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The Viscount Plumer
13 March 1857 – 16 July 1932
Gen sir herbert plumer.jpg
Gen. Sir Herbert Plumer
Place of birth Torquay, England
Resting place Westminster Abbey
Allegiance United Kingdom United Kingdom
Service/branch British Army
Years of service 1876 - 1919
Rank Field Marshal
Battles/wars Mahdist War
Second Matabele War
Second Boer War
World War I
Awards Knight Grand Cross of the Order of the Bath
Knight Grand Cross of the Order of St Michael and St George
Knight Grand Cross of the Royal Victorian Order
Knight Grand Cross of the Order of the British Empire
Grand Cordon, Order of the Rising Sun
Other work High Commissioner of Palestine

Field Marshal Herbert Charles Onslow Plumer, 1st Viscount Plumer, GCB, GCMG, GCVO, GBE (13 March 1857 – 16 July 1932) was a British colonial official and soldier born in Torquay who commanded the British Second Army in World War I and later served as High Commissioner of the British Mandate of Palestine.

Contents

Military career

Herbert Plumer was commissioned into the York and Lancaster Regiment in 1876.[1]

After serving in Sudan and South Africa he was appointed Commander of the 4th Brigade within I Army Corps in 1902[1] before moving on to be General Officer Commanding 10th Division within IV Army Corps in 1903.[1] In 1904 he became Quartermaster-General to the Forces and in 1906 he became GOC 5th Division within Irish Command.[1] Then in 1911 he was appointed General Officer Commanding-in-Chief for Northern Command.[1]

He served in the Second Army in Flanders during World War I,[1] during which he won an overwhelming victory over the German Army at the Battle of Messines in 1917.

Plumer is generally regarded as one of the finest army commanders serving in France during World War One. Like the majority of generals on the Western Front he was from an infantry, as opposed to a cavalry background and deprecated the insistence on the value of the "breakthrough" and the effectiveness of cavalry to exploit the opening and reach the open country beyond the front line.

As a career Infantry officer and it could be argued that he understood somewhat better what could reasonably be expected of his troops bearing in mind the terrain, the weather and morale. Plumer, a meticulous planner, would often express the plans of his superiors as being too ambitious and more often than not, as seen at the Third Battle of Ypres, he would be proved to be right.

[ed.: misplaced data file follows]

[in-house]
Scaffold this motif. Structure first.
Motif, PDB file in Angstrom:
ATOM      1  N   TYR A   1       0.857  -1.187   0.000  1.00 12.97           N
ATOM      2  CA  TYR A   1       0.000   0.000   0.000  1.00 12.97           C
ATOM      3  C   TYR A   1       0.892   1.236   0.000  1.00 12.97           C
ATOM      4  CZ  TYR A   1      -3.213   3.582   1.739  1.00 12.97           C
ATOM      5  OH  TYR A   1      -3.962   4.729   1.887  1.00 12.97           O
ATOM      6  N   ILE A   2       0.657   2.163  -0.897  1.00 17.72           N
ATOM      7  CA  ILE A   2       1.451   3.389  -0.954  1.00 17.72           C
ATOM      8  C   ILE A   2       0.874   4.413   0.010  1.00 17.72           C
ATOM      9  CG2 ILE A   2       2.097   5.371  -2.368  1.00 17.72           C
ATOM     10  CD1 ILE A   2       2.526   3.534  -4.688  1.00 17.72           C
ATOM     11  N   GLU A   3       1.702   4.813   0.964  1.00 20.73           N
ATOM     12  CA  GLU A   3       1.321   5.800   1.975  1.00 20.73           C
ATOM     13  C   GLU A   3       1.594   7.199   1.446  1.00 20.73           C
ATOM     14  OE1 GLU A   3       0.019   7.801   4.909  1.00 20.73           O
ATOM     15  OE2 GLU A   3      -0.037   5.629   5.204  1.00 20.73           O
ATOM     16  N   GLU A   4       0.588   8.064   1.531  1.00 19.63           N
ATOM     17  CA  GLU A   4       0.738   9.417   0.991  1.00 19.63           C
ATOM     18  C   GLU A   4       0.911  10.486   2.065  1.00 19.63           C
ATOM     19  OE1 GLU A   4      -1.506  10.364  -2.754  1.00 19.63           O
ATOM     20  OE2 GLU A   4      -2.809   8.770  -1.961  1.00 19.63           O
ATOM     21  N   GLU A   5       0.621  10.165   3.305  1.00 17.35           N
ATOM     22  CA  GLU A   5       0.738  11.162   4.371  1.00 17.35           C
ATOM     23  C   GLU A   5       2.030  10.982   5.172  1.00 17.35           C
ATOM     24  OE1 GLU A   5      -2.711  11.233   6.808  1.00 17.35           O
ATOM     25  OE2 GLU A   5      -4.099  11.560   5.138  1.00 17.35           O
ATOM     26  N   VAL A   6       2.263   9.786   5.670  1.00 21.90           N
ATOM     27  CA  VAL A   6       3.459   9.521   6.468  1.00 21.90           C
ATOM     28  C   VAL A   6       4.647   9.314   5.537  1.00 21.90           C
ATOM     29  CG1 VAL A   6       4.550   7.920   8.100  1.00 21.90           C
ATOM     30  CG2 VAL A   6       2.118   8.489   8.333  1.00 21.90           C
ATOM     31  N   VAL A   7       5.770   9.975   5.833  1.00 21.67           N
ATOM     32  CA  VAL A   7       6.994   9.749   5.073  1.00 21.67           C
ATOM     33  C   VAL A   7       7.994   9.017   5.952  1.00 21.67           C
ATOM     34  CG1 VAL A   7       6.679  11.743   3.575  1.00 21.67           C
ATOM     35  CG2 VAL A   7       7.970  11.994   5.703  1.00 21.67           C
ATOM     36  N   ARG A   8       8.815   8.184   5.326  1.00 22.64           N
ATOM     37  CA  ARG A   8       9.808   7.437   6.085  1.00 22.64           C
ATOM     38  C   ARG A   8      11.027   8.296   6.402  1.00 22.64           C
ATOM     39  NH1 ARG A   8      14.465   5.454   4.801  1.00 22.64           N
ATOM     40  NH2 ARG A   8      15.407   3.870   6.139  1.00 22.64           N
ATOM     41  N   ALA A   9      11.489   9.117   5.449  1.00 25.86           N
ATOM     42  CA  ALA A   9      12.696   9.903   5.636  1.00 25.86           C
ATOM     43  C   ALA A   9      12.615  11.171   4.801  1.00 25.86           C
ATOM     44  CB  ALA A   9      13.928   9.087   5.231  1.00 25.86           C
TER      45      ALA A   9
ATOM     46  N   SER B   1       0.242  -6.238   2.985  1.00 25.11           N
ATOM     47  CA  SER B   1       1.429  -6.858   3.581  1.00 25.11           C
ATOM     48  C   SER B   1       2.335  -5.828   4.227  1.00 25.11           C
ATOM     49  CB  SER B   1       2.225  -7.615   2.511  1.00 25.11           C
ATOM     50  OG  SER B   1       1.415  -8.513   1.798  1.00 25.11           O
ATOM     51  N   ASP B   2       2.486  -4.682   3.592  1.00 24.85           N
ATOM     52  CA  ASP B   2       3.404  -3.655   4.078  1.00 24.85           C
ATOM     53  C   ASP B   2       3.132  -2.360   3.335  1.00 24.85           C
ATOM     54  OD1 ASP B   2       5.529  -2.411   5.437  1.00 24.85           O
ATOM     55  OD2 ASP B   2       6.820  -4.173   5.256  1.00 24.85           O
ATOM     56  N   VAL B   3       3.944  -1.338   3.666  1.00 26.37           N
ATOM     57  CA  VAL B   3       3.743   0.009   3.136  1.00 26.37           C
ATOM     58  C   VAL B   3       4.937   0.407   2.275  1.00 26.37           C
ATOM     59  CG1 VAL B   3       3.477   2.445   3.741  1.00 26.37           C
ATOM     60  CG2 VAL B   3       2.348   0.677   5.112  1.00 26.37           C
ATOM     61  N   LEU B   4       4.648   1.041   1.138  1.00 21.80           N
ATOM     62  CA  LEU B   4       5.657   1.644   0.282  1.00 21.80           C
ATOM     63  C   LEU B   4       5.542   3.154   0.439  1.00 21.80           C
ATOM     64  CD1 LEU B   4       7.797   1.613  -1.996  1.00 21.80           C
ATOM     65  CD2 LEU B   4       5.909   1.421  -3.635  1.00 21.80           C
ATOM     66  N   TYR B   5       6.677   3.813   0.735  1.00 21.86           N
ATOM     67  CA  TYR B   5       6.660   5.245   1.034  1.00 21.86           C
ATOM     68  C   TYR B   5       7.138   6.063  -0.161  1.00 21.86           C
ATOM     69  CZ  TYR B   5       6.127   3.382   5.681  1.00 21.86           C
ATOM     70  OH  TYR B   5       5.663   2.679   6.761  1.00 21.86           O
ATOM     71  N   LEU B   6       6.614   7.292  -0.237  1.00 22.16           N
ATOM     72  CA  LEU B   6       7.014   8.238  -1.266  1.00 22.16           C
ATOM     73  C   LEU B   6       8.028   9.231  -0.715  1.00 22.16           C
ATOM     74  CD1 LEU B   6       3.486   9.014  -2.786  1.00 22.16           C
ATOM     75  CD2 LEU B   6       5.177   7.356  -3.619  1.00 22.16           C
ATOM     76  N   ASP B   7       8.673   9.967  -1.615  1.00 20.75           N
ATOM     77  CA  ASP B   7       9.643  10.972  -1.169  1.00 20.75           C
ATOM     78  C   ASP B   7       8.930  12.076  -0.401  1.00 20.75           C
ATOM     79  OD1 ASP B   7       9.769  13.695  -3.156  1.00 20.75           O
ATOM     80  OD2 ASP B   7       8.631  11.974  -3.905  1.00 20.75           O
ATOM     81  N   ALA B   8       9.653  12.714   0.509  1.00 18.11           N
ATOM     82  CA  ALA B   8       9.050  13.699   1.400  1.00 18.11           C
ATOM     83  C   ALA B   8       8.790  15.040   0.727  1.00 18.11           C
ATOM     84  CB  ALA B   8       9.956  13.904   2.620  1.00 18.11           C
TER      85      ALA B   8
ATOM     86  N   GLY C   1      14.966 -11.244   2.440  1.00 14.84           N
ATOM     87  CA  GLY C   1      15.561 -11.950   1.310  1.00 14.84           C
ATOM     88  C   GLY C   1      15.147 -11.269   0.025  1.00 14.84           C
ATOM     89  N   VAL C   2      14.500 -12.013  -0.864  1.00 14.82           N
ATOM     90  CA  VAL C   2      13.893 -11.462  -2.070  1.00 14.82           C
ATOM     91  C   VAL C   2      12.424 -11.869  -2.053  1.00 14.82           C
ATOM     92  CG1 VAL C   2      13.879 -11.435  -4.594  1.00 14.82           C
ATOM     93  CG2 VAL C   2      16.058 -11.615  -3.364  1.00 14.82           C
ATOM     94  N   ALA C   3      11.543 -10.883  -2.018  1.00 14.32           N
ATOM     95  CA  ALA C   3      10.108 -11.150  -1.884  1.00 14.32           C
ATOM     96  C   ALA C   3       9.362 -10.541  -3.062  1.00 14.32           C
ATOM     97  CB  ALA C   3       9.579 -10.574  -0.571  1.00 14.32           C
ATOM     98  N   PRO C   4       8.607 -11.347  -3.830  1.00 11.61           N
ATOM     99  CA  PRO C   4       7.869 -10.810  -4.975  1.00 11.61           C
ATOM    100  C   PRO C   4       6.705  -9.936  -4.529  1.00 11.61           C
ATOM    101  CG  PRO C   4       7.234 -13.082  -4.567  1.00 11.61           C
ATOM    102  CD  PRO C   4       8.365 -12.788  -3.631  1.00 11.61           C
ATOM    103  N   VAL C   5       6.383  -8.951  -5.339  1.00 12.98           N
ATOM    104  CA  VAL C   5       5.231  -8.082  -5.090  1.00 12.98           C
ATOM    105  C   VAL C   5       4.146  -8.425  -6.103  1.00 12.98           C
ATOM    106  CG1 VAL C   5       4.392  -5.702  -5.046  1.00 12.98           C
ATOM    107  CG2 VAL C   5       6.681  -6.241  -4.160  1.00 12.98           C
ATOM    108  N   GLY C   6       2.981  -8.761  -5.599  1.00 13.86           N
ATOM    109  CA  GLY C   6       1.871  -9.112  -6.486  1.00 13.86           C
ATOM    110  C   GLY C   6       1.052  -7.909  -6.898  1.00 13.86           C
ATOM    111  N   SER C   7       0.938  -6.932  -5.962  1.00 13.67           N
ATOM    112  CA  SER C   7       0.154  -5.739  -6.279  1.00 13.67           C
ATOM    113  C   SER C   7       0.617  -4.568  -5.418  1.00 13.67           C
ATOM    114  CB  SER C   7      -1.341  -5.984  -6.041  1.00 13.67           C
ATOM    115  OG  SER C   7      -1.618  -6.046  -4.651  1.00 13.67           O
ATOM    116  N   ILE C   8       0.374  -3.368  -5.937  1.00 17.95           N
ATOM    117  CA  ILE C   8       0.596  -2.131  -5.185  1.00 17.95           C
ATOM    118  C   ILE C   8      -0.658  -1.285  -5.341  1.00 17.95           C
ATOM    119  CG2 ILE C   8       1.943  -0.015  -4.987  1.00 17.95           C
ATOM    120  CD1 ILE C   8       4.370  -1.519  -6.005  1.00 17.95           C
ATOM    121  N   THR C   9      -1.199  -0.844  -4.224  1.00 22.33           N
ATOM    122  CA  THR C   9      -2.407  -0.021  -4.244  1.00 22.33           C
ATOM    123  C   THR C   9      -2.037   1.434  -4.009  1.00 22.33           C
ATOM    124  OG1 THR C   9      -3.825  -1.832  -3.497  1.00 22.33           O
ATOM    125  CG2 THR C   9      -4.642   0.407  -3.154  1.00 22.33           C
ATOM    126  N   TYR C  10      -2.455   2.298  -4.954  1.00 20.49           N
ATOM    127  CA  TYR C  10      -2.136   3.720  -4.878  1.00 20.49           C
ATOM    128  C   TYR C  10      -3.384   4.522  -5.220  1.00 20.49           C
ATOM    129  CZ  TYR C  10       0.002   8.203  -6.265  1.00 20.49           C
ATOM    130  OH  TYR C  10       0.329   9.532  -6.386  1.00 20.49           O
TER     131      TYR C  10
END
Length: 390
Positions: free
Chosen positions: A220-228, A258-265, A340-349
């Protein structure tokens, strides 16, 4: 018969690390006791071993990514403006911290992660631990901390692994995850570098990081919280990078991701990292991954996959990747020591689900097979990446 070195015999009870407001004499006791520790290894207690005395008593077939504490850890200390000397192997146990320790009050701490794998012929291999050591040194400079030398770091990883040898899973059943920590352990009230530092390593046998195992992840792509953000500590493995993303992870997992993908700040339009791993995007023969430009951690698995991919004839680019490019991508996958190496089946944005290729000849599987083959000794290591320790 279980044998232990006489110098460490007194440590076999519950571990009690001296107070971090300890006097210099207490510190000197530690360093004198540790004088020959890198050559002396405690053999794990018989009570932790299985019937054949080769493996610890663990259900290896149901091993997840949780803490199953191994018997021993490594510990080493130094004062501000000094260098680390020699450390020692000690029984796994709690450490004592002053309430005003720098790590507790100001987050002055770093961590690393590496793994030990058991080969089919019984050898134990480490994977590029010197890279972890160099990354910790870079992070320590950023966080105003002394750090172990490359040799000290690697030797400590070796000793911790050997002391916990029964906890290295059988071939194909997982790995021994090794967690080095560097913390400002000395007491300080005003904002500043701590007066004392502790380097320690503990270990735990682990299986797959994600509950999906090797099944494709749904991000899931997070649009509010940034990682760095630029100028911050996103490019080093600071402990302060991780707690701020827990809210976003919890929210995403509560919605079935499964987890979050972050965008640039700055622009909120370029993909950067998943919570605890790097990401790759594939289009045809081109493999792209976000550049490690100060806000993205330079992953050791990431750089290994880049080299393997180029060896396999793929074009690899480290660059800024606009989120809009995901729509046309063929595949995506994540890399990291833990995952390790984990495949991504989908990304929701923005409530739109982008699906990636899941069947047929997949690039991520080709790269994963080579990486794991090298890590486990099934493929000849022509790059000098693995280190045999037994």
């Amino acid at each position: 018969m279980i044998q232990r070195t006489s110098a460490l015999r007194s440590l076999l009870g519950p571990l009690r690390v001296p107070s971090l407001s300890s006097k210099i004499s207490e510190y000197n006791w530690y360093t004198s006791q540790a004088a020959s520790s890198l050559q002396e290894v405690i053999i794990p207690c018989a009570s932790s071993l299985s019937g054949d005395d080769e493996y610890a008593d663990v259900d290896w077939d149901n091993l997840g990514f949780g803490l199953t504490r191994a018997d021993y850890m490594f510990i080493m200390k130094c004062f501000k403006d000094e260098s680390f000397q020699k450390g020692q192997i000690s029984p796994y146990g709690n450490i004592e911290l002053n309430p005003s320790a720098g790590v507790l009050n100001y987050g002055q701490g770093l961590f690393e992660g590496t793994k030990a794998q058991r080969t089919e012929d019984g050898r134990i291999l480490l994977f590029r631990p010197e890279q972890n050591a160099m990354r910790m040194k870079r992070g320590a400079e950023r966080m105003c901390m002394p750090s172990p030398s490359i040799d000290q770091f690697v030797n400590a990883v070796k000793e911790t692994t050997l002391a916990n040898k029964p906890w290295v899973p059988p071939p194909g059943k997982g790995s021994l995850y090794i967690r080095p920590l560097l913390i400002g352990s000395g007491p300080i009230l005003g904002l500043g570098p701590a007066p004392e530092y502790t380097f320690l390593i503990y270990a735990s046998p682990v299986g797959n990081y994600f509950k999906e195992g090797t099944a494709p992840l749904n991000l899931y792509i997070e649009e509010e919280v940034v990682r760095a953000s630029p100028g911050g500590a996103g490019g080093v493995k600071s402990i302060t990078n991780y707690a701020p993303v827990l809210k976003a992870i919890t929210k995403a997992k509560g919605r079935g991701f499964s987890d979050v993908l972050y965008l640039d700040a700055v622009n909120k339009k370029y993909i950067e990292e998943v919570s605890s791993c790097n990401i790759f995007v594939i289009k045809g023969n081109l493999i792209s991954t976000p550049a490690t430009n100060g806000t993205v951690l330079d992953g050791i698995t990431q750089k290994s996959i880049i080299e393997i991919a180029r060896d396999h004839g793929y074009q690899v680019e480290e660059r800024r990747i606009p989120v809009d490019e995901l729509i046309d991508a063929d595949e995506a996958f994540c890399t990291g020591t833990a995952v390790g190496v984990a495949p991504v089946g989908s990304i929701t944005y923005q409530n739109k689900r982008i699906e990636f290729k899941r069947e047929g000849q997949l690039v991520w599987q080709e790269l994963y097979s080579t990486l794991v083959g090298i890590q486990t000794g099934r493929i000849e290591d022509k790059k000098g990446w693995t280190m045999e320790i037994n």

Wartime sketch of General Plumer

Plumer was very popular with the men gaining the affectionate nickname "old Plum" and "Daddy Plumer". He was a cliché of a General to look at; with a receding chin and a white moustache, his appearance suggested on the photographs of the day everything that he was not.

Following the unexpected death of Sir James Grierson on his arrival in France in 1914, Plumer was considered for command of one of two BEF Corps alongside Haig. This position eventually went to Horace Smith-Dorrien. Later in the war, Plumer was sought by Lloyd George for the position of Chief of the Imperial General Staff as a replacement for William Robertson. He declined the position and leaving no private papers and never having expressed a recorded opinion of the conduct of the war, the lengthy debate over the Generalship in World War One largely passed him by.

Post World War I

He became Commander of the British Army of the Rhine in 1918,[1] Governor of Malta in 1919[1] and then High Commissioner of the British Mandate of Palestine in 1925[1] and resisted Arab pressure to reverse commitments made by the British in the Balfour Declaration. His three-year term as High Commissioner is generally noted as the calmest period during the British mandate. He was replaced by Sir John Chancellor in 1928.

He was buried in Westminster Abbey.

Honours

See also

Further reading

  • Harington, General Sir Charles Plumer of Messines Murray, 1935
  • Powell, Geoffrey Plumer: The Soldier's General: A Biography of Field-Marshal Viscount Plumer of Messines Pen and Sword Books Ltd (19 Jul 1990) ISBN 0-85052-605-1 / Leo Cooper Ltd (Jan 2004) ISBN 1-84415-039-9
  • Sykes, Frank W. With Plumer in Matabeleland: an account of the operations of the Matabeleland Relief Force during the rebellion of 1896 Constable & Co, London, 1897. Reprints: Rhodesiana Reprint Library, Vol 21, Books of Rhodesia, Bulawayo, 1972 and Negro Universities Press, 1969 ISBN 0-8371-1640-6.
  • Yockelson, Mitchell A. (2008-05-30). Borrowed Soldiers: Americans under British Command, 1918. Foreword by John S. D. Eisenhower. University of Oklahoma Press. ISBN 978-0806139197.  

References

External links

Military offices
Preceded by
Sir James Wolfe-Murray
Quartermaster-General to the Forces
1904–1905
Succeeded by
Sir William Nicholson
Preceded by
New command
Commander-in-Chief of the British Army of the Rhine
1918–1919
Succeeded by
Sir William Robertson
Government offices
Preceded by
The Lord Methuen
Governor of Malta
1919 – 1924
Succeeded by
Sir Walter Congreve
Preceded by
Sir Herbert Samuel
High Commissioner of Palestine
1925 – 1928
Succeeded by
Sir Harry Luke
Peerage of the United Kingdom
New creation Viscount Plumer
1929 – 1932
Succeeded by
Thomas Plumer
Baron Plumer
1919 – 1932







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